Today, Thorsten Heins delivered the first of what may be several defining moments for Research in Motion throughout 2012. The core BlackBerry brand and platform, which helped define smartphones a decade ago, is losing major market share to newer operating systems like Android and iOS. Three months ago, RIM ousted its co-CEOs, promoted Thorsten to the top spot, and has been silently doubling down on its current strategy to have its own platform running on its own devices (read about all that drama here). The move is risky, and today we got our first real look at the next generation of RIM products: BlackBerry 10.
The new smartphone OS, which is built on the same software that powers the BlackBerry PlayBook could be a sink or swim moment for RIM when it launches later this year. It has seen numerous delays, but Heins insists that it is now coming along nicely.
BB isn’t doing that bad, says Heins
“It has been three months since I had the honor of being named CEO of research in motion and a lot of people have written about us,” began Heins. “I’ve seen it, you’ve seen it. We’ve all seen it… Let me be clear, I’m here because I believe in the unique value that BB delivers to our customers every single day.”
Heins then went into some puzzling, and un-sourced, statistics about BlackBerry:
- 63 percent of smartphone users access social media compared to 87 percent of BB users
- 65 percent of smartphone users use calendar compared to 91 percent of BB users
- 22 percent of smartphone users search for apps compared to 34 percent of BB users
- There are 77 million BlackBerry users
- People from 115 countries are at BlackBerry World this year
All these statistics are pleasant, but presentations from Salesforce and Citrix drag things on. Luckily, BlackBerry 10 is actually shown off.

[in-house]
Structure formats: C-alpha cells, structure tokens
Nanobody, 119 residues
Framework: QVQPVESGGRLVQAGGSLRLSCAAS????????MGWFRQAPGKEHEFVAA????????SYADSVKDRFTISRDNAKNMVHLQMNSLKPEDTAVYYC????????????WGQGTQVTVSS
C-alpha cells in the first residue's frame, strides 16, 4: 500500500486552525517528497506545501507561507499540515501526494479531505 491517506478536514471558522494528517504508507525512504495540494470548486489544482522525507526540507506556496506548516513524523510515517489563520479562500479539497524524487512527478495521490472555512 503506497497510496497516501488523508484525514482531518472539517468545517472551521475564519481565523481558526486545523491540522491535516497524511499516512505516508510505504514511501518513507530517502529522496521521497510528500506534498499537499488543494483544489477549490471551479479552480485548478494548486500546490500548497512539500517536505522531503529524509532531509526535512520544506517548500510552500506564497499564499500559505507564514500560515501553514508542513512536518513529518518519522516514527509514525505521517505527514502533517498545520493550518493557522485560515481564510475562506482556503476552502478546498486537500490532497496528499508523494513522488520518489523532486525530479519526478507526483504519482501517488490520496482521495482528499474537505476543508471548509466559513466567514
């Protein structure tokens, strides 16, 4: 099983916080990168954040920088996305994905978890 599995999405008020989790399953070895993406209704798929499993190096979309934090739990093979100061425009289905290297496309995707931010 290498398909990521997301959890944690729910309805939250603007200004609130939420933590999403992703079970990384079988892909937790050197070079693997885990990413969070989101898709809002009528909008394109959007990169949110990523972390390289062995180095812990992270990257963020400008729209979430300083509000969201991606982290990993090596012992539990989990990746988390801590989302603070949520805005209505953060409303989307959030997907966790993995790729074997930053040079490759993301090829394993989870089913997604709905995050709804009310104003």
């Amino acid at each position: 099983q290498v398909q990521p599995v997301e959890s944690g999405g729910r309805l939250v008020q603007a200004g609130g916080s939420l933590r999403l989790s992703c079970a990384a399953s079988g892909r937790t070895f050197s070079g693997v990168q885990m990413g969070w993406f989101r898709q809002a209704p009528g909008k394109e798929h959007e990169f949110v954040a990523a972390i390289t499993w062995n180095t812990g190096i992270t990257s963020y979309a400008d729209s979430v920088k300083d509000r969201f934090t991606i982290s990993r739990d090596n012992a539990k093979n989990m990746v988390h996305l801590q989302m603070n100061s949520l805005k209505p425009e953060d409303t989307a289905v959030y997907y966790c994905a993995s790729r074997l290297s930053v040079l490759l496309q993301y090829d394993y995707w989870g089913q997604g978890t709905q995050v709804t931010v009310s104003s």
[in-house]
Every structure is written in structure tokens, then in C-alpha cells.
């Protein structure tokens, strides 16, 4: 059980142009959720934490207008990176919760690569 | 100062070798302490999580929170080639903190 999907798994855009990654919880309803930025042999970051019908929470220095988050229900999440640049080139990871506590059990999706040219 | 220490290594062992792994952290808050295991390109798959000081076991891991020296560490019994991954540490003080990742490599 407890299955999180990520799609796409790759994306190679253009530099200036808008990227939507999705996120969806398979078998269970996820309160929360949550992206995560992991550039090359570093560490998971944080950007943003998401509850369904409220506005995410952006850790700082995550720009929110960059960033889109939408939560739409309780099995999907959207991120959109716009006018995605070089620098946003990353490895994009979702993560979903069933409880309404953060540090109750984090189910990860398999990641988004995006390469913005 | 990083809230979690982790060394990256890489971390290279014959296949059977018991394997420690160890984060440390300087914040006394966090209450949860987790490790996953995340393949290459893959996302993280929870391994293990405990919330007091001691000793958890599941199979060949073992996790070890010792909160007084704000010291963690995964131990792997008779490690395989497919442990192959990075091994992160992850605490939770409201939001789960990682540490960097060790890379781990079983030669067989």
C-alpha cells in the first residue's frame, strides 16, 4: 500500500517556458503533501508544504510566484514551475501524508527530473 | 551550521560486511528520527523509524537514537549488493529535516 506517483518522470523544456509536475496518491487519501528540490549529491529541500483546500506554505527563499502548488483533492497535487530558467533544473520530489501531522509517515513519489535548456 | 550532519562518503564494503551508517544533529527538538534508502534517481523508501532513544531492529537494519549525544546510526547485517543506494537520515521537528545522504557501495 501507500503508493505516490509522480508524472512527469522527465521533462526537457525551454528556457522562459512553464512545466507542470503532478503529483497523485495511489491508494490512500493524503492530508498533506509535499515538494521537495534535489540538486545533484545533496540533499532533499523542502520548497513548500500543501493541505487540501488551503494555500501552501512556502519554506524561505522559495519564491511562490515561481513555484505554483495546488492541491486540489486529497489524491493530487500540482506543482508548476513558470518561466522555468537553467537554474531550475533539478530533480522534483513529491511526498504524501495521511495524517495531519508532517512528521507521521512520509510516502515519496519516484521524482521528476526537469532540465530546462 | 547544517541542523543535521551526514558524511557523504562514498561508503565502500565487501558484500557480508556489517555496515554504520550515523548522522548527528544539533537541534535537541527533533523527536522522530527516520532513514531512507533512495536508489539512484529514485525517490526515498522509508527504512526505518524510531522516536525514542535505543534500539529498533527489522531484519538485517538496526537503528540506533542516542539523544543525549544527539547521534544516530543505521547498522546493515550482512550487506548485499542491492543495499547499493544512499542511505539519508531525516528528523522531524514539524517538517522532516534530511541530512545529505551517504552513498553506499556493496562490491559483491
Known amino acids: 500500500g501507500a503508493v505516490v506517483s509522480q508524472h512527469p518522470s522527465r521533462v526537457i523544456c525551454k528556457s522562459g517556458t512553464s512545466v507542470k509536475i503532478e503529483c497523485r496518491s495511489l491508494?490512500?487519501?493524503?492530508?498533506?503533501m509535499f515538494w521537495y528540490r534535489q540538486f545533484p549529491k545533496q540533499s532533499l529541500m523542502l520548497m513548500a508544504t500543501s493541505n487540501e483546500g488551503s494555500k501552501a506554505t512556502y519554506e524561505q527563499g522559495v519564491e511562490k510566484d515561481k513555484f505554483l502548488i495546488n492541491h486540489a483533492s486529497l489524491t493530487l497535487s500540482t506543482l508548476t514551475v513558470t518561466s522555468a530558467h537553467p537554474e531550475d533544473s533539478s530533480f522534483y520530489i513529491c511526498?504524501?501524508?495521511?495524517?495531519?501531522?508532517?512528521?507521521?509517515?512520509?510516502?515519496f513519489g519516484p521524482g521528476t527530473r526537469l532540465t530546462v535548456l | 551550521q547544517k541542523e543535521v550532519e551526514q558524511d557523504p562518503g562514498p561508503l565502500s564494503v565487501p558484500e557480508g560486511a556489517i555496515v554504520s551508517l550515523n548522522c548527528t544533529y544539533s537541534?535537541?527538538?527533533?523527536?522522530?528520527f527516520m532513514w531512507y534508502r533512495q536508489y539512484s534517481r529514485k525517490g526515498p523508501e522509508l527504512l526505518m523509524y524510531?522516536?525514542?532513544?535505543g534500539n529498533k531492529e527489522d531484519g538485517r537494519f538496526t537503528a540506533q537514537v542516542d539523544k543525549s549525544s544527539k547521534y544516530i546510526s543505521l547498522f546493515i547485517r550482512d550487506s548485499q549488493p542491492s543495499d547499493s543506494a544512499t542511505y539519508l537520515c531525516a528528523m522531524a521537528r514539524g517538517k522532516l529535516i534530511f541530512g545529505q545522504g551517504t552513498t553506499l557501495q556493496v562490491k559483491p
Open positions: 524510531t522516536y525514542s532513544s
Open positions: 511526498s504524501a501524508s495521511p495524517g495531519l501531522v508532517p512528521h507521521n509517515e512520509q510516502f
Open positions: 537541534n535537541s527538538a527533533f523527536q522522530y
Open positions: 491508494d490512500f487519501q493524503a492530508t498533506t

BlackBerry 10 Dev Alpha device
The device you see here is called the BlackBerry 10 Dev Alpha device. It’s not final, but all the developers in the audience at BlackBerry World will get one to take home. From its outward appearance, it looks nearly identical to a BlackBerry PlayBook tablet in almost every way. It is a completely touch device and has a 4.2-inch screen and front facing camera as well. “We’re taking our time to do this right,” said Heins.
BB 10 has “Flow”
Other than the 4×4 grid of widget/shortcuts reminiscent of Windows Phone (in a way) that you can see at the top of this post, Heins and head of software portfolio at RIM, Vivek Bhardwaj, showed off BlackBerry 10’s ability to “flow.” Basically, no matter what app you’re using, you can hold your finger down and slide it to the right to take a peak at the last couple apps you were using. They said this new feature allows you to more easily move from task to task and check what you were just doing. We’ll have to test it to fully realize the benefits of a feature like this, but it does look pretty nice.
This feature is possible because BB 10, like the PlayBook, keeps all of your background apps running in real time. Other platforms like Android and iOS have a system of freezing apps when they are not in use, allowing them to be held in status and resumed later. This technique has been preferable since it doesn’t use many resources. The PlayBook, from our testing, only seems to hold things in real time, which is great, but it means that only 5-10 apps can be running at a time. Once you have opened too many, the OS will automatically shut down your oldest app, even if you were writing a critical email. Hopefully RIM is adding in some application freezing as well.